### Focus on modular arithmetic

One of the coolest mathematical areas to me is modular arithmetic and it shows up a LOT in my research, as it is a simplification tool, and a lot of my ideas simplify previously difficult and abstract areas of mathematics. It is critical in that simplification.

Most explanations of modular arithmetic that I've seen focus on what they call clock arithmetic, which is where with the clock things just cycle around. So you can't have 100 o'clock.

100 = 4 mod 12

So you have 4 o'clock, as that's the information you need, so succinctly modular arithmetic is about throwing away information you do not need. And with it you can do some really cool things.

Simple rule: with "mod" what is to the right of the equal sign is less than what is to the right of "mod" which is called the modulus. What is on the left of the equal sign may be greater.

When you consider something with "mod" you are said to be "modulo" a particular value, like with clocks you are modulo 12, or modulo 24, if you're not using am and pm.

Most mathematical texts don't use the regular equals sign with "mod" but instead use "≡" which is just adding one more line and if that doesn't show on your browser, it's just adding one more line beneath the normal equals. I did that for a while but soon got tired of it and just use the normal equals without I think losing anything.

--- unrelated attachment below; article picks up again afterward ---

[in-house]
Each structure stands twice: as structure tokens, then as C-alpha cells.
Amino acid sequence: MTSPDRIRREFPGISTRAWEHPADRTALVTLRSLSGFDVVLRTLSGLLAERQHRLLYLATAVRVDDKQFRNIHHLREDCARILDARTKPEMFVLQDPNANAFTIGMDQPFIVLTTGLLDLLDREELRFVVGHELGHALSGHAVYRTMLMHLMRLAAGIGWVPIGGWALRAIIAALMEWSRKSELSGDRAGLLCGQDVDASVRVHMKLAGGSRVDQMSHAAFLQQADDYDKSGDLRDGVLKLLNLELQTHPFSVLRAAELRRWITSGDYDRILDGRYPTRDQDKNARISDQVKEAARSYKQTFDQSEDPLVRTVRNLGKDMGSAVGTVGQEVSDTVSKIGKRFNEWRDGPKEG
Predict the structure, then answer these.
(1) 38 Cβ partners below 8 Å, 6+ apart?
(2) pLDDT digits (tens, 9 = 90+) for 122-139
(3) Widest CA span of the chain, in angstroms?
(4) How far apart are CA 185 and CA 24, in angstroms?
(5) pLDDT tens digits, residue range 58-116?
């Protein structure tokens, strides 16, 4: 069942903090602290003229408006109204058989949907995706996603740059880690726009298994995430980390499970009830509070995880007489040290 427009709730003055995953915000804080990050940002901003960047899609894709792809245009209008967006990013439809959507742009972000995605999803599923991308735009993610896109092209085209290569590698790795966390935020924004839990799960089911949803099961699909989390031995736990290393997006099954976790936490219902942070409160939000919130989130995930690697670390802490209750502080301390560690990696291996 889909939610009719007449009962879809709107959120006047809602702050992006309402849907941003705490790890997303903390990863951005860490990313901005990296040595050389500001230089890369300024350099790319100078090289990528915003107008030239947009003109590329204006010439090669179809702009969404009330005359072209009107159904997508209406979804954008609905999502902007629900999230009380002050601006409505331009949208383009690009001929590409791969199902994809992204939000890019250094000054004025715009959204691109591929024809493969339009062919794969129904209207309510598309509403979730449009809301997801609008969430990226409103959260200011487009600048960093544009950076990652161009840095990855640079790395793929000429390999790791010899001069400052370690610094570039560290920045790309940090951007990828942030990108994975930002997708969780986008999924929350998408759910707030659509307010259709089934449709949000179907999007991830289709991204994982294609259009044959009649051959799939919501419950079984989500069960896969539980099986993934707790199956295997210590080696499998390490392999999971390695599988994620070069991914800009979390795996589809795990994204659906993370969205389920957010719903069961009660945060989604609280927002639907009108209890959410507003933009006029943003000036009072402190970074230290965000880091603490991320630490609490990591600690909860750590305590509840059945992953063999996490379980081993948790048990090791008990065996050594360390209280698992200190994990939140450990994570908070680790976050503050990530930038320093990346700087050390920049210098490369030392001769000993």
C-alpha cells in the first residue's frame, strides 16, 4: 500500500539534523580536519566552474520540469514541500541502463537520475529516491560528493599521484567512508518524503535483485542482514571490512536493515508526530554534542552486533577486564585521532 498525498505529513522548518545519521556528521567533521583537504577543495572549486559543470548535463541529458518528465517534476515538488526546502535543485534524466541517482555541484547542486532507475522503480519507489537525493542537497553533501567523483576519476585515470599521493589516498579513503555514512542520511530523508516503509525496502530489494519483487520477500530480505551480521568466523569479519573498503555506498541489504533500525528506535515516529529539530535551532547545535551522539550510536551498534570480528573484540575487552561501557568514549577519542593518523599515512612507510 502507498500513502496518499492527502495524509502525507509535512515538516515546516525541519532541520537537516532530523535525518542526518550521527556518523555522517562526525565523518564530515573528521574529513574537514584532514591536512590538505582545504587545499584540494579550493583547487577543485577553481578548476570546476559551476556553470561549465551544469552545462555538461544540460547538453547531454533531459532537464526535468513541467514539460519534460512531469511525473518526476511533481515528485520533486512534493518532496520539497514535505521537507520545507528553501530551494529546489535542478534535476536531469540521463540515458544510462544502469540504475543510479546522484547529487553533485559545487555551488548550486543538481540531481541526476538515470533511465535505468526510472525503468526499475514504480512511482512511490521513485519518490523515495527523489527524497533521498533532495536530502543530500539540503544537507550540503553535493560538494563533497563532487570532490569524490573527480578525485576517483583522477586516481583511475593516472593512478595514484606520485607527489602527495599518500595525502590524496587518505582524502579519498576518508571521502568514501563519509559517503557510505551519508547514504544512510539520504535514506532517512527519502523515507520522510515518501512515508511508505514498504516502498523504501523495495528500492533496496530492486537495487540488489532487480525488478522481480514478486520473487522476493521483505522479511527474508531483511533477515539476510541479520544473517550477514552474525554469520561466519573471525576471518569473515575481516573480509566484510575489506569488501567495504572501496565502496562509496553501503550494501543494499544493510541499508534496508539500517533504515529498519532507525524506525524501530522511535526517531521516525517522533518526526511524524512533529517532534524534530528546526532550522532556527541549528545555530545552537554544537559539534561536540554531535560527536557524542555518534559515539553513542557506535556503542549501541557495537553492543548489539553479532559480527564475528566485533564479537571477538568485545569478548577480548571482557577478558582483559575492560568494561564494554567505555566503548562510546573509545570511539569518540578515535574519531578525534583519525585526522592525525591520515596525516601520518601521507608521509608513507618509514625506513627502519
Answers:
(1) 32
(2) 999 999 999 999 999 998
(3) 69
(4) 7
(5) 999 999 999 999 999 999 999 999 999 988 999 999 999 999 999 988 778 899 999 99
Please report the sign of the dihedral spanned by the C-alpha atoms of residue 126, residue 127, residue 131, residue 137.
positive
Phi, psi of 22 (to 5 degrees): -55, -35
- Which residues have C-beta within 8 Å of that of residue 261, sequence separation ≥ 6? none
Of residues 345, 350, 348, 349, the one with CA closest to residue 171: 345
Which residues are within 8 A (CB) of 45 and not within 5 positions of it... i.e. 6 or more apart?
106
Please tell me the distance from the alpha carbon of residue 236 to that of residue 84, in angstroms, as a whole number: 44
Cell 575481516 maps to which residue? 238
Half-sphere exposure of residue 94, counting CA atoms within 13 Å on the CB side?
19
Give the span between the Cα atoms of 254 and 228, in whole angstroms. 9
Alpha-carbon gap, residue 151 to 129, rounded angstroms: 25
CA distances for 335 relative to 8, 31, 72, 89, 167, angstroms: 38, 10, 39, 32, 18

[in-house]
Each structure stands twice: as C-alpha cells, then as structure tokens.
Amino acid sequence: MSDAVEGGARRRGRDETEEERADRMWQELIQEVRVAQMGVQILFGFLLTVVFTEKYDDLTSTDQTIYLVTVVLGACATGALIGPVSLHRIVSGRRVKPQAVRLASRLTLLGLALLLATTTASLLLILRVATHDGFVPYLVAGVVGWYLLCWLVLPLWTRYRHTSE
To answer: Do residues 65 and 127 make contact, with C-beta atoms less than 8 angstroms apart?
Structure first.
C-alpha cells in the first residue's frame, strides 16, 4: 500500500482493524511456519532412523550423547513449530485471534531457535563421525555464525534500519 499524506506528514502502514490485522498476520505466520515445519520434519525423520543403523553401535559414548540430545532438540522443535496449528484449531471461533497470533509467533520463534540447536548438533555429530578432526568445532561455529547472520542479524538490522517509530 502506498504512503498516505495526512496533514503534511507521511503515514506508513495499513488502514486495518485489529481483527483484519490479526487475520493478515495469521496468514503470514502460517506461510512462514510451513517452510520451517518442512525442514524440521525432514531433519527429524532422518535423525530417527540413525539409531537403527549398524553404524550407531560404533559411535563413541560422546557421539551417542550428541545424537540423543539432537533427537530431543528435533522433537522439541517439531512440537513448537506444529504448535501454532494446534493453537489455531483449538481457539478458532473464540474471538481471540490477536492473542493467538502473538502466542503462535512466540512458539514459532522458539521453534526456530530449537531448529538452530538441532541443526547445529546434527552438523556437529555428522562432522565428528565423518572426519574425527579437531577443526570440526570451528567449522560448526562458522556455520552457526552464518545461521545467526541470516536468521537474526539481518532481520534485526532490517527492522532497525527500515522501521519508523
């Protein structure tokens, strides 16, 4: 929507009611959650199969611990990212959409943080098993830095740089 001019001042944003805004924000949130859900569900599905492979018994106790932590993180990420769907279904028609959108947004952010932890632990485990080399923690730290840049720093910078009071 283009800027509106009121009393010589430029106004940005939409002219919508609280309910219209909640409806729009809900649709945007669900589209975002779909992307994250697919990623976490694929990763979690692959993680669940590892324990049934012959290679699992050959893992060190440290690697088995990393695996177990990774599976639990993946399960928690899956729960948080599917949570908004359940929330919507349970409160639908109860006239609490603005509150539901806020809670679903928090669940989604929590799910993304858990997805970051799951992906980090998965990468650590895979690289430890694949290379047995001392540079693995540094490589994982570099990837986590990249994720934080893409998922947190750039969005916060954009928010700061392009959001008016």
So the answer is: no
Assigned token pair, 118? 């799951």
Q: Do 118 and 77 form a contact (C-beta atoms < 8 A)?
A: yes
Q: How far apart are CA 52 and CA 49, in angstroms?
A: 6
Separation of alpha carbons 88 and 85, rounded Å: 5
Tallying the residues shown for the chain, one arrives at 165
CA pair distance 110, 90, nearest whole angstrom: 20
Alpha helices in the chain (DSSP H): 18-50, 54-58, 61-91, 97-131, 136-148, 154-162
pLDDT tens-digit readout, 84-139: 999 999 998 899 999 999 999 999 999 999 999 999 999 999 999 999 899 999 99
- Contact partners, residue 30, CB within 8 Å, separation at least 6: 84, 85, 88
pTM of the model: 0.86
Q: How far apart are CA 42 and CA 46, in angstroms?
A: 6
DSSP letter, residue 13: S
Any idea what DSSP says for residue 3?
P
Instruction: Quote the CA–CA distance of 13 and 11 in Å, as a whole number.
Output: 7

As it is a fundamental branch of mathematics you can do an unlimited number of things with "mod" but usually its focus is with Diophantine equations, which are just situations where the answers are all integers, like -1, 0, 1, 2 or 3. So things like e or pi do not show up. And fractions like 1/2 or 1/3 do not usually show up, though they can be useful in a particular way.